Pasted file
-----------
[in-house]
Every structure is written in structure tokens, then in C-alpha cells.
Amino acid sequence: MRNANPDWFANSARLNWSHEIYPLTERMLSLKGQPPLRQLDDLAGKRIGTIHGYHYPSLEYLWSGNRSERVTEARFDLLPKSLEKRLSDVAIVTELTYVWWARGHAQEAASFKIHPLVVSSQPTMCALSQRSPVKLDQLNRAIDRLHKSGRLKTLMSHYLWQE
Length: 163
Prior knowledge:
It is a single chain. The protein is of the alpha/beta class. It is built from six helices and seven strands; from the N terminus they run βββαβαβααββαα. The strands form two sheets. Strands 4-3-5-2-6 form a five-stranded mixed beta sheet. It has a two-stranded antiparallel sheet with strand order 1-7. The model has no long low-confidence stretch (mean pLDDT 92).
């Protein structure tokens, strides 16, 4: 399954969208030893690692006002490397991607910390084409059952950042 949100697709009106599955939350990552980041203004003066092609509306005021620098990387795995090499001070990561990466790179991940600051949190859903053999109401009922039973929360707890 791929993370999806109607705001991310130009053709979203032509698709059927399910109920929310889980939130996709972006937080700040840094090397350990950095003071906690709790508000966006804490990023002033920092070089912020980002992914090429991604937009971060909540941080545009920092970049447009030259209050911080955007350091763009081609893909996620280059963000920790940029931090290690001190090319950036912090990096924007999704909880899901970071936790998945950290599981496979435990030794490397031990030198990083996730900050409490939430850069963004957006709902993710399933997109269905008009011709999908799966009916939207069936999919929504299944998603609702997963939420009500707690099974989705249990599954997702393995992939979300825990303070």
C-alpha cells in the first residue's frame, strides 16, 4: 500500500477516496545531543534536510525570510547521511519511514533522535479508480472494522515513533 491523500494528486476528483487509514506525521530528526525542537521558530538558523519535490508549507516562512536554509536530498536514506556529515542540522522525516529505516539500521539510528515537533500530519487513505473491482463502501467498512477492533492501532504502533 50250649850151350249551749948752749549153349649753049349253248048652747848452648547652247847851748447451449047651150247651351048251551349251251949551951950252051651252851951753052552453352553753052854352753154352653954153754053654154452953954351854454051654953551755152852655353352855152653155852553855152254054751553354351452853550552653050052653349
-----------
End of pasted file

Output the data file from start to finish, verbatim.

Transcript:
[in-house]
Every structure is written in structure tokens, then in C-alpha cells.
Amino acid sequence: MRNANPDWFANSARLNWSHEIYPLTERMLSLKGQPPLRQLDDLAGKRIGTIHGYHYPSLEYLWSGNRSERVTEARFDLLPKSLEKRLSDVAIVTELTYVWWARGHAQEAASFKIHPLVVSSQPTMCALSQRSPVKLDQLNRAIDRLHKSGRLKTLMSHYLWQE
Length: 163
Prior knowledge:
It is a single chain. The protein is of the alpha/beta class. It is built from six helices and seven strands; from the N terminus they run βββαβαβααββαα. The strands form two sheets. Strands 4-3-5-2-6 form a five-stranded mixed beta sheet. It has a two-stranded antiparallel sheet with strand order 1-7. The model has no long low-confidence stretch (mean pLDDT 92).
């Protein structure tokens, strides 16, 4: 399954969208030893690692006002490397991607910390084409059952950042 949100697709009106599955939350990552980041203004003066092609509306005021620098990387795995090499001070990561990466790179991940600051949190859903053999109401009922039973929360707890 791929993370999806109607705001991310130009053709979203032509698709059927399910109920929310889980939130996709972006937080700040840094090397350990950095003071906690709790508000966006804490990023002033920092070089912020980002992914090429991604937009971060909540941080545009920092970049447009030259209050911080955007350091763009081609893909996620280059963000920790940029931090290690001190090319950036912090990096924007999704909880899901970071936790998945950290599981496979435990030794490397031990030198990083996730900050409490939430850069963004957006709902993710399933997109269905008009011709999908799966009916939207069936999919929504299944998603609702997963939420009500707690099974989705249990599954997702393995992939979300825990303070």
C-alpha cells in the first residue's frame, strides 16, 4: 500500500477516496545531543534536510525570510547521511519511514533522535479508480472494522515513533 491523500494528486476528483487509514506525521530528526525542537521558530538558523519535490508549507516562512536554509536530498536514506556529515542540522522525516529505516539500521539510528515537533500530519487513505473491482463502501467498512477492533492501532504502533 50250649850151350249551749948752749549153349649753049349253248048652747848452648547652247847851748447451449047651150247651351048251551349251251949551951950252051651252851951753052552453352553753052854352753154352653954153754053654154452953954351854454051654953551755152852655353352855152653155852553855152254054751553354351452853550552653050052653349